With a shift to focus on improving diversity and inclusion, one group tends to be forgotten: First-generation professionals. It’s important that businesses work to support these individuals—here’s how: How Does Your Company Support “First-Generation Professionals”? (Harvard Business Review)
2. Amazon Raises Their Bar
Amazon’s raising their salary cap for corporate employees. From $160,000 to $350,000, the move comes from trying to compete in a tight labor market. Amazon is raising base salary cap to $350,000 (The Seattle Times)
3. Peloton Treads Water
This week Peloton announced a mass layoff of 2,800 employees and that their CEO was stepping down. The new CEO’s tenure got off to a rocky start when the laid off employees crashed his first all-hands meeting. Peloton CEO Barry McCarthy’s first all-hands meeting ends early as laid-off employees crash it (CNBC)
4. Meeting Madness
Visier’s CEO Ryan Wong shares why your Zoom-packed calendar hurts both your team’s productivity and wellbeing. Here’s why too much collaboration can be a bad thing, plus tips for getting out of the meeting vortex. Our Meeting Obsession Is Hurting Our Work And Our Wellbeing (Entrepreneur)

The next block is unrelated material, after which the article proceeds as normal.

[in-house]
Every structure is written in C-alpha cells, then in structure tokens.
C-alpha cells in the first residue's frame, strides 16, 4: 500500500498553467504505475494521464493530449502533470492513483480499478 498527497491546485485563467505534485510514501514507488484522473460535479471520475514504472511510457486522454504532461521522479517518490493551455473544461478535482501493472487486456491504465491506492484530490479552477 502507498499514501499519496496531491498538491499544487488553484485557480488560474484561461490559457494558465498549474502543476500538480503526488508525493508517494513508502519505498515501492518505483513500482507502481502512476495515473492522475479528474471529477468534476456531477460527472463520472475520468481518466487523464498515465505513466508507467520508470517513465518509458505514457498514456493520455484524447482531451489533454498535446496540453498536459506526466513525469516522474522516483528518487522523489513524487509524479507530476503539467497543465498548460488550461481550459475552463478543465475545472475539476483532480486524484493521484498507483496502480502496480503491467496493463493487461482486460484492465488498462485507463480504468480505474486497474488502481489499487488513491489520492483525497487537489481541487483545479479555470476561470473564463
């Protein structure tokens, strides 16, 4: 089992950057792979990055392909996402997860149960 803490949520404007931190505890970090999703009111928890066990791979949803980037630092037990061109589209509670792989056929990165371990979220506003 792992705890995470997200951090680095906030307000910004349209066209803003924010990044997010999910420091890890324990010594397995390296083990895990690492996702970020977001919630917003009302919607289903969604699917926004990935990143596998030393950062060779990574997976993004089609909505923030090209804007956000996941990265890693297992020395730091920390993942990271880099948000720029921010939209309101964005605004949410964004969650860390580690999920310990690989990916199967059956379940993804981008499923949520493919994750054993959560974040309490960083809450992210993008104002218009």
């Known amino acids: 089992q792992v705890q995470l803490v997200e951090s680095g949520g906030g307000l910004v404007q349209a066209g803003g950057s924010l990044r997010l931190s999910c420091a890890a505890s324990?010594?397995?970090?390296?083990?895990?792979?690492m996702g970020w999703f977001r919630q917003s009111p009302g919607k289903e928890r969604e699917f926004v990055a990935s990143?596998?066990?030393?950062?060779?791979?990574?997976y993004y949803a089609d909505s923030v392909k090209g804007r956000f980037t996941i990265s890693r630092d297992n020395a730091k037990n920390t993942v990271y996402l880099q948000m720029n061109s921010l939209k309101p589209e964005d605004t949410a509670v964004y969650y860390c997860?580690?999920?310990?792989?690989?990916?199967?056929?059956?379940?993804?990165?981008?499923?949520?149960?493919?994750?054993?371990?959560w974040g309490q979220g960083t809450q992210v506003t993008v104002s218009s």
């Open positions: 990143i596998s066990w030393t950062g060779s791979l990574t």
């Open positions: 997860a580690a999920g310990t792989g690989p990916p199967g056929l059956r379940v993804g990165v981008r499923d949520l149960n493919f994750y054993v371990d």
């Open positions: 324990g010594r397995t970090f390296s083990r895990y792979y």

5. Spot the Manager
Are you promoting the right people? In this podcast episode with former Walmart.com CEO Carter Cast, he shares how to spot potential and how you can foster career growth for employees whose paths don’t lead to management. Podcast: Are You Promoting the Right People to Management? (KelloggInsight)
6. Flaws of the Four-Day Work Week
During the early days of the pandemic, social media management startup Buffer switched to a four-day work week. While the company reports higher productivity and wellbeing since the switch, this has suffered: Pandemic burnout is forcing some companies to reconsider a 40-hour schedule. This tech startup has been running a 4-day workweek for 2 years, and it’s made employees happier and more productive. (Business Insider)
About the author: Grace Sheppard
Grace is a content marketing coordinator at Visier, where she helps create and organize ideas. She has experience in a variety of marketing roles, including social media and event management. Outside of work, Grace enjoys writing fiction and walking with her dog, Pippy.
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